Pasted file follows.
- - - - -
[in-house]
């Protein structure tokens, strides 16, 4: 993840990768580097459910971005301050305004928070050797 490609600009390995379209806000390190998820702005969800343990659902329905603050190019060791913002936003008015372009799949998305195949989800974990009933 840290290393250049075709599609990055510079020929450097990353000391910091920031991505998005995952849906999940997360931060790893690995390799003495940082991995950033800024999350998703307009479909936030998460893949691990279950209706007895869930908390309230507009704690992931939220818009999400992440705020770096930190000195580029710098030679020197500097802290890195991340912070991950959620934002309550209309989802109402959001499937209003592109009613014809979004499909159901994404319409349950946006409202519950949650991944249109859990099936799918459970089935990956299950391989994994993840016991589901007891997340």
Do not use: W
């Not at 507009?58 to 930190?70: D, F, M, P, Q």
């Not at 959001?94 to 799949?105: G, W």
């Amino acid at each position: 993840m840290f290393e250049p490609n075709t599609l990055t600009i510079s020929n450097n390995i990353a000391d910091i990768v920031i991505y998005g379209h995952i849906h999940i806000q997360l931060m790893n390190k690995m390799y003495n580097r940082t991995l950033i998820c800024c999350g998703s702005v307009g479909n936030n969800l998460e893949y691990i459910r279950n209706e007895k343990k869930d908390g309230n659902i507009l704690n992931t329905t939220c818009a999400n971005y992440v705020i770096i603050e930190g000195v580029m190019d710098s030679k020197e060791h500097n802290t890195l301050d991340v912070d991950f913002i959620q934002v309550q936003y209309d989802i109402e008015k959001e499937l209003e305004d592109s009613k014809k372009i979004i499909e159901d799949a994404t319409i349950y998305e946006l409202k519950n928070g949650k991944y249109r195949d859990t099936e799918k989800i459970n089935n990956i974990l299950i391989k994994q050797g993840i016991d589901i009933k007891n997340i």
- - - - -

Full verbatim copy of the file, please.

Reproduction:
[in-house]
């Protein structure tokens, strides 16, 4: 993840990768580097459910971005301050305004928070050797 490609600009390995379209806000390190998820702005969800343990659902329905603050190019060791913002936003008015372009799949998305195949989800974990009933 840290290393250049075709599609990055510079020929450097990353000391910091920031991505998005995952849906999940997360931060790893690995390799003495940082991995950033800024999350998703307009479909936030998460893949691990279950209706007895869930908390309230507009704690992931939220818009999400992440705020770096930190000195580029710098030679020197500097802290890195991340912070991950959620934002309550209309989802109402959001499937209003592109009613014809979004499909159901994404319409349950946006409202519950949650991944249109859990099936799918459970089935990956299950391989994994993840016991589901007891997340």
Do not use: W
């Not at 507009?58 to 930190?70: D, F, M, P, Q």
């Not at 959001?94 to 799949?105: G, W």
């Amino acid at each position: 993840m840290f290393e250049p490609n075709t599609l990055t600009i510079s020929n450097n390995i990353a000391d910091i990768v920031i991505y998005g379209h995952i849906h999940i806000q997360l931060m790893n390190k690995m390799y003495n580097r940082t991995l950033i998820c800024c999350g998703s702005v307009g479909n936030n969800l998460e893949y691990i459910r279950n209706e007895k343990k869930d908390g309230n659902i507009l704690n992931t329905t939220c818009a999400n971005y992440v705020i770096i603050e930190g000195v580029m190019d710098s030679k020197e060791h500097n802290t890195l301050d991340v912070d991950f913002i959620q934002v309550q936003y209309d989802i109402e008015k959001e499937l209003e305004d592109s009613k014809k372009i979004i499909e159901d799949a994404t319409i349950y998305e946006l409202k519950n928070g949650k991944y249109r195949d859990t099936e799918k989800i459970n089935n990956i974990l299950i391989k994994q050797g993840i016991d589901i009933k007891n997340i």